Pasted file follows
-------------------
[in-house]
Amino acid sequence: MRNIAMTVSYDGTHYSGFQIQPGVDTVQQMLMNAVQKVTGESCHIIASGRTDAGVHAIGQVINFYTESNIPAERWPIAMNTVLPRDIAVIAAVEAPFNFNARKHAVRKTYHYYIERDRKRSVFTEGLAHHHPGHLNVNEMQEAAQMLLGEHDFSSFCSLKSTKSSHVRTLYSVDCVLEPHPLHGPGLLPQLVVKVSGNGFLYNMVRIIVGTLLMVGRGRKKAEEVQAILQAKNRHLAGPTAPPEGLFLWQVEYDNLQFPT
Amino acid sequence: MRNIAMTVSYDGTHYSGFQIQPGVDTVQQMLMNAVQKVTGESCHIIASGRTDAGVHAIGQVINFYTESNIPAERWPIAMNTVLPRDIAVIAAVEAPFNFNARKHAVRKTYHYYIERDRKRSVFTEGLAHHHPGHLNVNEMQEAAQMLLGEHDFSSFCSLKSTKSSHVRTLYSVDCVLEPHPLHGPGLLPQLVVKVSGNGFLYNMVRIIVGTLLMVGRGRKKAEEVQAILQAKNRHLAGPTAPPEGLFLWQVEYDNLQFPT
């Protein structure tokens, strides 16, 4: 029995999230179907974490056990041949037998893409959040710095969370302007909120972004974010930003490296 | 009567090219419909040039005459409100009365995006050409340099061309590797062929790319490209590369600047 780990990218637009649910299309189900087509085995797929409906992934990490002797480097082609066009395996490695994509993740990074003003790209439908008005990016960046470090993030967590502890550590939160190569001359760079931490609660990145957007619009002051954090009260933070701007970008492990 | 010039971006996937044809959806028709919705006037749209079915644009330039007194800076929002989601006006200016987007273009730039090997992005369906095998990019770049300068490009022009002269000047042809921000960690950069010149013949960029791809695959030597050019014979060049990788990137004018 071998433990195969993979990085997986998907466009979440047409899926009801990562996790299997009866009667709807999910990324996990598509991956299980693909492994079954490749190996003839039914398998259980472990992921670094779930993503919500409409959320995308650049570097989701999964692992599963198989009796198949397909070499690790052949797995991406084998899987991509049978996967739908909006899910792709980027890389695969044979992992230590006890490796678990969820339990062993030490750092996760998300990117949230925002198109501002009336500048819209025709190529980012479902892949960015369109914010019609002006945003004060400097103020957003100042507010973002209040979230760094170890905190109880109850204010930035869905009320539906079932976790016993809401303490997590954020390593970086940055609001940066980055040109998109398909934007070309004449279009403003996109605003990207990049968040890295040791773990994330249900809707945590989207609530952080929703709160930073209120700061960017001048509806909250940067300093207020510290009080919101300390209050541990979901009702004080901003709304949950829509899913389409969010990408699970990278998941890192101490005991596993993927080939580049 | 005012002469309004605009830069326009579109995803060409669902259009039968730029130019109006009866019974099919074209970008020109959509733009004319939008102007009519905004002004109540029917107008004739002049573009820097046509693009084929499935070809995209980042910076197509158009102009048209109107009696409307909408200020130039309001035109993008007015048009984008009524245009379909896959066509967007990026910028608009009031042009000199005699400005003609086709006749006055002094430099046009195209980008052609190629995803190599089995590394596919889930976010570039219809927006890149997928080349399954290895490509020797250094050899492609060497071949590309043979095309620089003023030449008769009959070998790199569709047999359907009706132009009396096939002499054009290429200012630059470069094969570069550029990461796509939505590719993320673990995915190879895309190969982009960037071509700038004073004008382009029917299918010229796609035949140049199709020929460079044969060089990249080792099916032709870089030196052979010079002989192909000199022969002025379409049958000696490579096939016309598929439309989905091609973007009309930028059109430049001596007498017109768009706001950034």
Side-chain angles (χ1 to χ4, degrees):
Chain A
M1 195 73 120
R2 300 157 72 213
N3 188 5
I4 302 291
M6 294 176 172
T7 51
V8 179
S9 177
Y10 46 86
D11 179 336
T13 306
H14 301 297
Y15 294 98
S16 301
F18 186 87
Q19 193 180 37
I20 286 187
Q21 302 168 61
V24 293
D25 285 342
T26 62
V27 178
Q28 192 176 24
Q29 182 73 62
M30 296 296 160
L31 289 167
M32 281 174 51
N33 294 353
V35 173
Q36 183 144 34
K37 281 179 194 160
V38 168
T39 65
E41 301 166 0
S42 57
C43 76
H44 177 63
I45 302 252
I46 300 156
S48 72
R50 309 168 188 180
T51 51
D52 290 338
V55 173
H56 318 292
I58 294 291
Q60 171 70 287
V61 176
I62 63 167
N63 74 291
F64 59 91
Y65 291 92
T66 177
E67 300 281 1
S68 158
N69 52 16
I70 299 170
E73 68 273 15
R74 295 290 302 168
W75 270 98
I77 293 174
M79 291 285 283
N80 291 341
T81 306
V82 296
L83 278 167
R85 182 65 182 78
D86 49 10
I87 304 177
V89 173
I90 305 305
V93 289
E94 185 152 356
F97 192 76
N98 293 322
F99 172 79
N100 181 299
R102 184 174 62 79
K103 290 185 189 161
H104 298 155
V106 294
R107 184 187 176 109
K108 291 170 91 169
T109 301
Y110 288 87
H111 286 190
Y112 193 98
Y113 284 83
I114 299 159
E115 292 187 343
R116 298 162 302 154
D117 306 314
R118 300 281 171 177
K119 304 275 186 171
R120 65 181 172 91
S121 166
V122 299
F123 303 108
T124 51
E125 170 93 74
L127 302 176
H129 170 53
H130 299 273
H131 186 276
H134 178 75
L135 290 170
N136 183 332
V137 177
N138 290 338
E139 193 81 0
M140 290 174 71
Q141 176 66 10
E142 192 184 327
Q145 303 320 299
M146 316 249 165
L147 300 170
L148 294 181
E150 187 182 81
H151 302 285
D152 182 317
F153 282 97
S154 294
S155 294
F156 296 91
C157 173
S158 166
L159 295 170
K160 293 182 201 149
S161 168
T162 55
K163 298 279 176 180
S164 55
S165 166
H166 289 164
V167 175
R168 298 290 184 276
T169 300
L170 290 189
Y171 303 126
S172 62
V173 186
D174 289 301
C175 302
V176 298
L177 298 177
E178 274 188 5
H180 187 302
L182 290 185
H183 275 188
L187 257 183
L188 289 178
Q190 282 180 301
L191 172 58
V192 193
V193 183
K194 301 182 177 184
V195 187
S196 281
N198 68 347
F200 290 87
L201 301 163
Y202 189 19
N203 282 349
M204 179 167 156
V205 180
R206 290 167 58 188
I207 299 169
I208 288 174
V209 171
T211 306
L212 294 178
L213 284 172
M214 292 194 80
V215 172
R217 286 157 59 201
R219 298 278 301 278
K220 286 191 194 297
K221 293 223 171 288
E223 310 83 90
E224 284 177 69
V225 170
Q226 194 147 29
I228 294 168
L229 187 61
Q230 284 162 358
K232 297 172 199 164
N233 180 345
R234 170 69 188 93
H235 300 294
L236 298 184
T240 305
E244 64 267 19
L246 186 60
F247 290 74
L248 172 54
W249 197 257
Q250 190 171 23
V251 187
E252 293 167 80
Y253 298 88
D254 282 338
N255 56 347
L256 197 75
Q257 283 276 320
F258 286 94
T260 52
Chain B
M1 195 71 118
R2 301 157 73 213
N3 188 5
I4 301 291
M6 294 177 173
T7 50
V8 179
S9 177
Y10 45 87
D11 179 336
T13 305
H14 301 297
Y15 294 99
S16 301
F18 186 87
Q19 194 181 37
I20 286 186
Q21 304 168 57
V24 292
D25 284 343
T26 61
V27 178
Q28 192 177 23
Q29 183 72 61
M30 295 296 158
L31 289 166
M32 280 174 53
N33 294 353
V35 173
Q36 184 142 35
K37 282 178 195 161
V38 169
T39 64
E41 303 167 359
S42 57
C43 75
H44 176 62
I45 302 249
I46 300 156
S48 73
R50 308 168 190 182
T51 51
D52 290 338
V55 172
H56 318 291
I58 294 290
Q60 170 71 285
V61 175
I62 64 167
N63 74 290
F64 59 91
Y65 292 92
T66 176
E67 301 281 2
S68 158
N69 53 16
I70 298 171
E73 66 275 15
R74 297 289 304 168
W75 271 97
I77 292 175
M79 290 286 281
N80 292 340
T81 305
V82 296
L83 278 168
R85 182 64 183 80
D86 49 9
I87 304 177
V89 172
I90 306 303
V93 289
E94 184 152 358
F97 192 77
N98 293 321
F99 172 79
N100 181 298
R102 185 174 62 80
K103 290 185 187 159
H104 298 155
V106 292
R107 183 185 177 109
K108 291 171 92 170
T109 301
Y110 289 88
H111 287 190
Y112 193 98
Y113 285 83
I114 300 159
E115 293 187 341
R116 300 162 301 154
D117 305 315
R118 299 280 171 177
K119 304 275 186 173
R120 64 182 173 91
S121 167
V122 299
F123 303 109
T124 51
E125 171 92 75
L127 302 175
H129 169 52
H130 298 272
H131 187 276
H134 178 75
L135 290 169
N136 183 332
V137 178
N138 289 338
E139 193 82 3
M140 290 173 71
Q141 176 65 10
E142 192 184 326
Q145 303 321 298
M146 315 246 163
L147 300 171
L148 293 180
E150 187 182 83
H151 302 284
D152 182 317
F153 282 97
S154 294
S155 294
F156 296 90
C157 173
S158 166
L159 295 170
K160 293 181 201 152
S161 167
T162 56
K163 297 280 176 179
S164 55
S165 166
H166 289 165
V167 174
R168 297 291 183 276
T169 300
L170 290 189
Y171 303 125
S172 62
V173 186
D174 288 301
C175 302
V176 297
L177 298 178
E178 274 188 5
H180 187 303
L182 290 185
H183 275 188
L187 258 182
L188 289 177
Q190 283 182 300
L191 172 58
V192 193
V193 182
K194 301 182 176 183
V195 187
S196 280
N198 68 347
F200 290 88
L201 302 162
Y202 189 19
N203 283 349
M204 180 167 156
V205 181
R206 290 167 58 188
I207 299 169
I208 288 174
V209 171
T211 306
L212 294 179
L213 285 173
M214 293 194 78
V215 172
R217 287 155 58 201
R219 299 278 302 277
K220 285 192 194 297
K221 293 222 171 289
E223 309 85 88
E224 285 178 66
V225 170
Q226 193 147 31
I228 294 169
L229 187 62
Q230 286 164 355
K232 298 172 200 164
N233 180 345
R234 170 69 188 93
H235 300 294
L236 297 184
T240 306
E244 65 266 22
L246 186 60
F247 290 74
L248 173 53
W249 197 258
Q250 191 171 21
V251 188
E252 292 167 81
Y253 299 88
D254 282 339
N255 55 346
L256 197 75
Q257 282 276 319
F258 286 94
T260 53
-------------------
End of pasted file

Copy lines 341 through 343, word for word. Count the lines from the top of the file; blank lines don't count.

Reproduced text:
K160 293 181 201 152
S161 167
T162 56